Just a quick disclaimer here; for those new to herohill we only cover Canadian content so my favorites list – note: not best-of, as that kind of debate is a bit pointless – is kind of like the cast of SCTV or peameal bacon. If it had a sweater, it would be warm and woolly and if it had a favorite sport, it would be curling (or lacrosse?). One quick point of interest; I opted to omit a few bands that offered up killer EPs AND LPs to give a bit more variety in the lists, but overall it’s my musical year in a nutshell. A lot of these EPs are free so enjoy the bands and check out some songs, but to quote the infamous Rob Base, “I got an idea that I wanna share, you don’t like so what, I don’t care.”
Also, stay tuned because we have a special year-end treat waiting to be released on Monday. It will, in fact, rock you gently.
1:: Long Long Long – Shorts / Mean Wind – What Happens in Hingham Stays in Hingham / Mean Wind – The Guests are the Guests are Gone Gone
Probably a cop out to lump these all as my number 1, but the songs that LLL and Mean Wind gave away for free were better than almost anything I heard all year (Fred Squire and Apollo Ghosts still get that nod). All three EPs show how effortlessly these young Haligonians mix pop and folk with experimentation and eccentric meandering.
2:: Homo Duplex – 01
I don’t think I expected to be won over as easily as I was when Kristina and Ron combined the dance/punk/pop flavor of The Maynards with the noise-filled bliss and gearhead tendencies of The Memories Attack but the duo showed that music, like a good marriage, builds from the foundation of each others strengths. Picking emotions and tempo randomly out of a hat, it’s almost impossible to think another free EP could sound so great, until you consider the pedigree that is writing the songs.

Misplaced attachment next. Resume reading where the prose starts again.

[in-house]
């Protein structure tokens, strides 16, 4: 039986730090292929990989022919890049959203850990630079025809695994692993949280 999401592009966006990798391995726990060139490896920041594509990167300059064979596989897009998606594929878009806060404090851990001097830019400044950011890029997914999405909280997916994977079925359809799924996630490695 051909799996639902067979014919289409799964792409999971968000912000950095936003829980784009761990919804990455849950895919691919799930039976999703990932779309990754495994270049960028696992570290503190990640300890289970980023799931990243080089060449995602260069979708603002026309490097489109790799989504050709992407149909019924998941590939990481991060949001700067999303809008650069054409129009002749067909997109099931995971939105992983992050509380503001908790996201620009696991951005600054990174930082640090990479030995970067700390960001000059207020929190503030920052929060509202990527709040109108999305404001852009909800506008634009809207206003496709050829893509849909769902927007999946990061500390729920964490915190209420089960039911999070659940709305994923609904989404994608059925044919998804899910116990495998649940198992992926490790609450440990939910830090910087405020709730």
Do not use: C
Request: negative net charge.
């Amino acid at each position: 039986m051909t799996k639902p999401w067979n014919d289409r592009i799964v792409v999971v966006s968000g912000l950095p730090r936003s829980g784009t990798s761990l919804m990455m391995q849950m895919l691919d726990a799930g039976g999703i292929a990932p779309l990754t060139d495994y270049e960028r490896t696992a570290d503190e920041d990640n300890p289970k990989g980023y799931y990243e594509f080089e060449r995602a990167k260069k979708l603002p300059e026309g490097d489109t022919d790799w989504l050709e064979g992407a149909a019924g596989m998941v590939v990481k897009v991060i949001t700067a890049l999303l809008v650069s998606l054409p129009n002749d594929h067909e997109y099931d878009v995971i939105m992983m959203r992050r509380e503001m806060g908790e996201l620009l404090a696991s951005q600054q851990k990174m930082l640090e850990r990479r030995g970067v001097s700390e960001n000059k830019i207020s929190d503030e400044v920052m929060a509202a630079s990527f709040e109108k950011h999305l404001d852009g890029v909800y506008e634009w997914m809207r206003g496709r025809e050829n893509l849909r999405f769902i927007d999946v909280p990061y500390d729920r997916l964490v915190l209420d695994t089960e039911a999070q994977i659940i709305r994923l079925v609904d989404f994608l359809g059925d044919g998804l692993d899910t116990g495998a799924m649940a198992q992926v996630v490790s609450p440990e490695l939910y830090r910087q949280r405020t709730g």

3:: Young Doctors in Love – 5 Golden Greats
Dazzling, New Porns-inspired harmonies and pop melodies. This quick hitting EP was basically on repeat for most of my summer, leading to slotting the young TO band to bat cleanup for our first ever herohill NXNE showcase. Sixteen minutes of music that won’t change your life, but will do everything it can to improve your mood and make you smile.
4:: Bad Tits – Garbage Night
Speaking of pedigree… this Josh Reichmann and Sebastien Grainger is loud, noisy and Warriors approved. It’s also heartfelt, full of guitars and synths and delightfully raw. I have no idea if this collaboration will continue, but these six-songs certainly will pique your interest and demand countless repeats. Plus, you get to say Bad Tits and then look down on your friends when they accuse you of being juvenile. “Ah… it’s old English slang, Mr. Ignorant.”
5:: Share – Coco et Co.
Over the last few years, Share frontman Andrew Sisk has moved cities, changed band mates and found a new love for nylon strings, spare electronics and even touches of french pop and bossanova. The EP, Coco et. Co, led to Sisk and Miranda forming a new band of said moniker, but this slight, three-song affair paved the way for Sisk to experiment an ease fans into his new project while he found his stride in a new city. I could have easily gone with the full length, but this was such a pleasant surprise, I wanted to give it some extra shine.